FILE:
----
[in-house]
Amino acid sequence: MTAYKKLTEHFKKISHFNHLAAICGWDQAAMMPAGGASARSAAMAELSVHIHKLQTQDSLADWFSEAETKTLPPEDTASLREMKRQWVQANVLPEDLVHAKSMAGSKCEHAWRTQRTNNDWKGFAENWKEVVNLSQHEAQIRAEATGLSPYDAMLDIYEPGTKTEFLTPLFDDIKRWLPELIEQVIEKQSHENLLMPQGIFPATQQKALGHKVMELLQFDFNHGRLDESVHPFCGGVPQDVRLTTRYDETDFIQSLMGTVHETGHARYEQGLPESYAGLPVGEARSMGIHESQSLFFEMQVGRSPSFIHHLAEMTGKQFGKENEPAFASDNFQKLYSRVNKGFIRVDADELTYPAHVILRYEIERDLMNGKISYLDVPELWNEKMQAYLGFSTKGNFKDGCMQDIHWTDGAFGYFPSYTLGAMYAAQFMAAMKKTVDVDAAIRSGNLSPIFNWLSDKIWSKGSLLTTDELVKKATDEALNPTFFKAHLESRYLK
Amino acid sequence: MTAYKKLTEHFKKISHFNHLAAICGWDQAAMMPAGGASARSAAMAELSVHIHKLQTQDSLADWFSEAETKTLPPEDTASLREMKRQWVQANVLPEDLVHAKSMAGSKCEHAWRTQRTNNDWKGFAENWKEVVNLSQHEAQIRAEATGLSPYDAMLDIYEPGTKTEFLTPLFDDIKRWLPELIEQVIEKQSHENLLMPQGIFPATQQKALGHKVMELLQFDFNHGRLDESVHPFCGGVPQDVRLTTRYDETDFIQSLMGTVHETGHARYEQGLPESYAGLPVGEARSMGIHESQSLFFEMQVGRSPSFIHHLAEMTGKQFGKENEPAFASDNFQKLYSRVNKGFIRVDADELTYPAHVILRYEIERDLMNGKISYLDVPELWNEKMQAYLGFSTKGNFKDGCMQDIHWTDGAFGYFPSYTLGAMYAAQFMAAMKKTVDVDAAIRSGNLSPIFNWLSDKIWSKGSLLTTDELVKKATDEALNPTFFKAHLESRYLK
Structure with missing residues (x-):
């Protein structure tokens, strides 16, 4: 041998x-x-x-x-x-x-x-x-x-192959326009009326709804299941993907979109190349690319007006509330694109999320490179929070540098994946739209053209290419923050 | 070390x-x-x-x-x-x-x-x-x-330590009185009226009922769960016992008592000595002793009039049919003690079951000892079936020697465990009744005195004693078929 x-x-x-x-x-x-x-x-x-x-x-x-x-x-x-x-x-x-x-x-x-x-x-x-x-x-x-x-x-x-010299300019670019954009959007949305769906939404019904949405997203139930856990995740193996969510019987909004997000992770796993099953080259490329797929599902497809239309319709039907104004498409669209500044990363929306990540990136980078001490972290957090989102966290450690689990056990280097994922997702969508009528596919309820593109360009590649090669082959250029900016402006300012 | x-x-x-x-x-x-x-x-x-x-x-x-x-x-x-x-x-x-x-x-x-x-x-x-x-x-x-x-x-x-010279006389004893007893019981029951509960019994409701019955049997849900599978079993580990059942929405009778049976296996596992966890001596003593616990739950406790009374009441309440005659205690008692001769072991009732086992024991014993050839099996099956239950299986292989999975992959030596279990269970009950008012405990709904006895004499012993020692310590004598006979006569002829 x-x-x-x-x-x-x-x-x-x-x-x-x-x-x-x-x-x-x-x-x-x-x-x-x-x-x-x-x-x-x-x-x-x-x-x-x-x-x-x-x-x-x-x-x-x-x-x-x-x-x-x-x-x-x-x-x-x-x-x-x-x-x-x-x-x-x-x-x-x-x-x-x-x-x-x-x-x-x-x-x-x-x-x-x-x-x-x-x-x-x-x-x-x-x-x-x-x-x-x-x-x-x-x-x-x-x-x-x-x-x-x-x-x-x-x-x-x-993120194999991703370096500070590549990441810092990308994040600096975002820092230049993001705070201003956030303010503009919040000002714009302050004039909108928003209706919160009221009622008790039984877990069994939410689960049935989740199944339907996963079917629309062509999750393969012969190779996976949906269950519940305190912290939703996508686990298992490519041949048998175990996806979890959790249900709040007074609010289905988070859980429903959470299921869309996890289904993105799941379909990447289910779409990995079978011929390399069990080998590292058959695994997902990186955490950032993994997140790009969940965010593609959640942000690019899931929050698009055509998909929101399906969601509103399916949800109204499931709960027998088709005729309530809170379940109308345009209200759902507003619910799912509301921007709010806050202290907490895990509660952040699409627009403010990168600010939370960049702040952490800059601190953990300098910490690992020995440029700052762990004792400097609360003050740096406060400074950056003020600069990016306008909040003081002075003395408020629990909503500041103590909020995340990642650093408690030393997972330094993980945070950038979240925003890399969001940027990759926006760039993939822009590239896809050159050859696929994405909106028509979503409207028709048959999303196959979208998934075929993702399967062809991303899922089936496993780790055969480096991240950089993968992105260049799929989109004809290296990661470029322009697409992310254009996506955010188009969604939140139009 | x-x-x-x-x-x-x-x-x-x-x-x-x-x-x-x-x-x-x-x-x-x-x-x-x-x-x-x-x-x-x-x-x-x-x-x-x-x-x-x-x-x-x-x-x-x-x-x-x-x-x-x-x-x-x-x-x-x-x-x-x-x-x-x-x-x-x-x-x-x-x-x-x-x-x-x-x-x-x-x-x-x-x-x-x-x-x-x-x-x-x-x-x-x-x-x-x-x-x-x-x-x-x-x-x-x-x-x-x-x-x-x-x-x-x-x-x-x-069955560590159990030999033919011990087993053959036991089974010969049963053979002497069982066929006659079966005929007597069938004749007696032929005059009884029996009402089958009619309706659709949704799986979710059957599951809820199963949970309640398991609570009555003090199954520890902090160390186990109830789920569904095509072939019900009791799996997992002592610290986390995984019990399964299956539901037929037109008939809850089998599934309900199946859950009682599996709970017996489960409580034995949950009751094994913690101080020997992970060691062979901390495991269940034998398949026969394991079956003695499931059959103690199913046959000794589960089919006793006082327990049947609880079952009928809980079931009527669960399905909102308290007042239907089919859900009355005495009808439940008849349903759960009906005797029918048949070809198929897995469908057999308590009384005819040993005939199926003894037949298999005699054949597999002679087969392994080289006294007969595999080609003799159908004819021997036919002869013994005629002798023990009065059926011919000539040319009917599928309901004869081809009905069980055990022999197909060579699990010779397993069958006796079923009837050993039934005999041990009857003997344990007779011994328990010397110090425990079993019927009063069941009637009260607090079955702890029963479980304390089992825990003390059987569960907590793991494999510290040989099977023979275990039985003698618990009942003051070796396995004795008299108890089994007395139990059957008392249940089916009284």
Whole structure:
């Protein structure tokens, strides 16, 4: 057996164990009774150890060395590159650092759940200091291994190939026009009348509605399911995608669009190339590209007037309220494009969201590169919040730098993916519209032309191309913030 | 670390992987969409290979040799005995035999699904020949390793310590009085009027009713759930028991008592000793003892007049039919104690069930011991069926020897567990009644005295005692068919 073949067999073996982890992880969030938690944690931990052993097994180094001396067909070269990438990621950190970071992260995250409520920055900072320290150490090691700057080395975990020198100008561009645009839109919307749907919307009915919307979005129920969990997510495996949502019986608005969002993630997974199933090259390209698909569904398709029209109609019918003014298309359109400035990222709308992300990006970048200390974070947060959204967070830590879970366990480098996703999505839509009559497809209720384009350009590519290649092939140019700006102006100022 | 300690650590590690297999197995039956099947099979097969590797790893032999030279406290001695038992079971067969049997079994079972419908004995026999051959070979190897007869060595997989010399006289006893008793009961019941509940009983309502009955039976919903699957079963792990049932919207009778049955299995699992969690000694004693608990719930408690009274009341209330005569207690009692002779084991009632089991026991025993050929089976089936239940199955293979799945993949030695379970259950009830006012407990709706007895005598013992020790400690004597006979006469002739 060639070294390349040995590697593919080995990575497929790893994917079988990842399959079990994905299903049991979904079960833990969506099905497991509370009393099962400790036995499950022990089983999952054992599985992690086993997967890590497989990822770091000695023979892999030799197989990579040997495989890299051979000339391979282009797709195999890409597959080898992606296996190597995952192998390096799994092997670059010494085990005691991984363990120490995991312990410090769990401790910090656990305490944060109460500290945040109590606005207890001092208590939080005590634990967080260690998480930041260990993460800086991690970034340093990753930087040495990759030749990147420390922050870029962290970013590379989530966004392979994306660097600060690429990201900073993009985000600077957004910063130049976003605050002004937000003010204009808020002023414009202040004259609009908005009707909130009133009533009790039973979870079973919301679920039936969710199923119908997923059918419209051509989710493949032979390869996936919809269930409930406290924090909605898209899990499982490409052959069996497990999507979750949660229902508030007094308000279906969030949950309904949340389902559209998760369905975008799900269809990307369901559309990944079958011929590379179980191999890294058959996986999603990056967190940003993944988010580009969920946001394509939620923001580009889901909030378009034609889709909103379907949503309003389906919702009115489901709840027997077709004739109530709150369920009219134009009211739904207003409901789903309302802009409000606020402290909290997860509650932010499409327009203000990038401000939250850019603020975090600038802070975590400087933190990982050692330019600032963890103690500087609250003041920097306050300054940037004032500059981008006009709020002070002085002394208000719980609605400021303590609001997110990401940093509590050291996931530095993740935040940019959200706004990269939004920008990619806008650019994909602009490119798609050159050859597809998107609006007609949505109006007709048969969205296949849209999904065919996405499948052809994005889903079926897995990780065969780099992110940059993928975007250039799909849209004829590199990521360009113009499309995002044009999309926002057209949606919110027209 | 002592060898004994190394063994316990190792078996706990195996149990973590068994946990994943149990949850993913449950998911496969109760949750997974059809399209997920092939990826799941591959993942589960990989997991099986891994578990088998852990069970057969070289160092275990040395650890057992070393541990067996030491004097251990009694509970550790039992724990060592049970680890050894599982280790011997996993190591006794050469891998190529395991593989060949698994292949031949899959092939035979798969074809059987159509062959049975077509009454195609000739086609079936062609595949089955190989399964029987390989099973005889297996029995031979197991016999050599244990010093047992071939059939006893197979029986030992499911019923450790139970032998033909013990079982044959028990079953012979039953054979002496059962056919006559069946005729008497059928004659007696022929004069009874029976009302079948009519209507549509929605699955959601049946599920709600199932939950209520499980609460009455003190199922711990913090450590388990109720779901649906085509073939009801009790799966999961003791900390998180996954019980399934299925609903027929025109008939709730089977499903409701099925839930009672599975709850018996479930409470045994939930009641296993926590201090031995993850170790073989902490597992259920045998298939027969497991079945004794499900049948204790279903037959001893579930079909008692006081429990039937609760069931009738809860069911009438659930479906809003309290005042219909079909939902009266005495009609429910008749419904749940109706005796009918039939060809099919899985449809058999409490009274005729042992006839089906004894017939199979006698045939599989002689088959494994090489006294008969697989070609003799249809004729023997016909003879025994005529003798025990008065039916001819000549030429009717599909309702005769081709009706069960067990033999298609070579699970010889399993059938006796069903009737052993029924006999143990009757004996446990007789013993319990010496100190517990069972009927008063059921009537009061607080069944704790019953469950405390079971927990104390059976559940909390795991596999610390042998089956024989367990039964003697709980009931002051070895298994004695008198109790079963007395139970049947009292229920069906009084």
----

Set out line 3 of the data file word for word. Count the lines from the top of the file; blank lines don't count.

Amino acid sequence: MTAYKKLTEHFKKISHFNHLAAICGWDQAAMMPAGGASARSAAMAELSVHIHKLQTQDSLADWFSEAETKTLPPEDTASLREMKRQWVQANVLPEDLVHAKSMAGSKCEHAWRTQRTNNDWKGFAENWKEVVNLSQHEAQIRAEATGLSPYDAMLDIYEPGTKTEFLTPLFDDIKRWLPELIEQVIEKQSHENLLMPQGIFPATQQKALGHKVMELLQFDFNHGRLDESVHPFCGGVPQDVRLTTRYDETDFIQSLMGTVHETGHARYEQGLPESYAGLPVGEARSMGIHESQSLFFEMQVGRSPSFIHHLAEMTGKQFGKENEPAFASDNFQKLYSRVNKGFIRVDADELTYPAHVILRYEIERDLMNGKISYLDVPELWNEKMQAYLGFSTKGNFKDGCMQDIHWTDGAFGYFPSYTLGAMYAAQFMAAMKKTVDVDAAIRSGNLSPIFNWLSDKIWSKGSLLTTDELVKKATDEALNPTFFKAHLESRYLK